SHARPSBURG, Md. — Interior Secretary Ryan Zinke said that he wants the federal government to increase its income from offshore oil and natural gas drilling to pay for budget gaps in national parks.
Zinke told reporters Wednesday that new royalty and fee payments from drilling can go a long way toward solving the more than $11 billion maintenance backlog at the National Park Service (NPS), as well as mitigate the effects of the $360 million the Trump administration is proposing to slash from the agency’s annual budget.
He has mentioned the plan in recent weeks both to defend the administration’s budget and to support his desire to increase offshore drilling, a plan that could include drilling in the Atlantic and Arctic oceans.
He said the Obama administration missed out on the potential revenue, pointing to the fact that the Interior Department brought in $2.6 billion from offshore drilling last year, compared with $18.1 billion in 2008.
“When you drop $15.5 billion a year in revenue ... it has a consequence,” he told reporters after an event at Antietam National Battlefield in Maryland, where he announced that President Trump’s $78,333.32 salary donation from April will go to a pair of projects at that park.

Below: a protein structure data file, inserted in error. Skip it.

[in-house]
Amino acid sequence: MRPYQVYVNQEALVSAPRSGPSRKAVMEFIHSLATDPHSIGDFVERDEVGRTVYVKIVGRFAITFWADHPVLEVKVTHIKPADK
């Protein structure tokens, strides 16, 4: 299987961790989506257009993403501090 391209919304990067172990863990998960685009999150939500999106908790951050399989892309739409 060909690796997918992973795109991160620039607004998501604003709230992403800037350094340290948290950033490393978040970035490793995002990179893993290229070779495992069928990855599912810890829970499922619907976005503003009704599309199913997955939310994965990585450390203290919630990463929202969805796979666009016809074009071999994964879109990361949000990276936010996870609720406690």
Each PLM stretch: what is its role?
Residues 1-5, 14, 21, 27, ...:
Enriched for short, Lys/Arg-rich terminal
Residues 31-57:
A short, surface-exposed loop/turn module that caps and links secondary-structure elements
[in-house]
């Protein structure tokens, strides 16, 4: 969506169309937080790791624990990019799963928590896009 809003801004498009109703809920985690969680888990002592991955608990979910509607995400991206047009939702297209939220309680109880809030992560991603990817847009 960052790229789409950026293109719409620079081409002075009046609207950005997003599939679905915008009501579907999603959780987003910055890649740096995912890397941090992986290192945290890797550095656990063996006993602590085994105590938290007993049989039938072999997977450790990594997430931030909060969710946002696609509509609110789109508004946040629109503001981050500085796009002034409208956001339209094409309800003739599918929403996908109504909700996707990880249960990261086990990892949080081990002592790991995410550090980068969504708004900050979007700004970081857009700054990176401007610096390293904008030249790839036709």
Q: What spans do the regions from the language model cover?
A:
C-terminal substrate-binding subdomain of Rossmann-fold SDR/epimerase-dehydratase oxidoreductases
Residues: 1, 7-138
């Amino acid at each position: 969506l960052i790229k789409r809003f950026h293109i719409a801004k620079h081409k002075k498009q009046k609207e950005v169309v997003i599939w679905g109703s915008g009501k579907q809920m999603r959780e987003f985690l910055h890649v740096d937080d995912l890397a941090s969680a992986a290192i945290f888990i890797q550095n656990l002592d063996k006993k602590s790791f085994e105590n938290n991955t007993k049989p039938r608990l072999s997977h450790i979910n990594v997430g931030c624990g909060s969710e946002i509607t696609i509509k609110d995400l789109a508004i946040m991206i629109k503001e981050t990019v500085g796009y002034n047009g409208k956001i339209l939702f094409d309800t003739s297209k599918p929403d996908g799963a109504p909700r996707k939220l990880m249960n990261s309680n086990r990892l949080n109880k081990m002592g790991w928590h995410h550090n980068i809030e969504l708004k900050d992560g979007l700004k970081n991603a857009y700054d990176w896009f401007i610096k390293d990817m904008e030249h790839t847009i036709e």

Zinke said he is evaluating ways to increase income from offshore drilling as part of a major review of Interior’s royalties and revenues.
“Across the board, we’re looking at revenue, to make sure we catch up, and my priority is the infrastructure in our park system. We’ve got to protect our parks,” he said.
A small portion of offshore drilling revenue goes into the Land and Water Conservation Fund, which is used to buy parkland and for related purposes.
But the rest of the money goes to the general Treasury, and changes to that system, including directing the funds to go to infrastructure, would have to get congressional approval.
A bill sponsored by Sen. Mark WarnerMark Robert WarnerOvernight Energy & Environment — Presented by American Clean Power — Dems see path to deal on climate provisions Sanders faces difficult choice on slimmed-down budget bill Overnight Energy & Environment — Presented by American Clean Power — Methane fee faces negotiations MORE (D-Va.) and Rep. Derek KilmerDerek Christian KilmerProgressives cheer, moderates groan as Biden visit caps chaotic week Democratic factions dig in, threatening fate of infrastructure vote Lawmakers using leadership PACs as 'slush funds' to live lavish lifestyles: report MORE (D-Wash.) would do that, first directing $50 million a year to a park infrastructure fund and then slowly increasing to $500 million.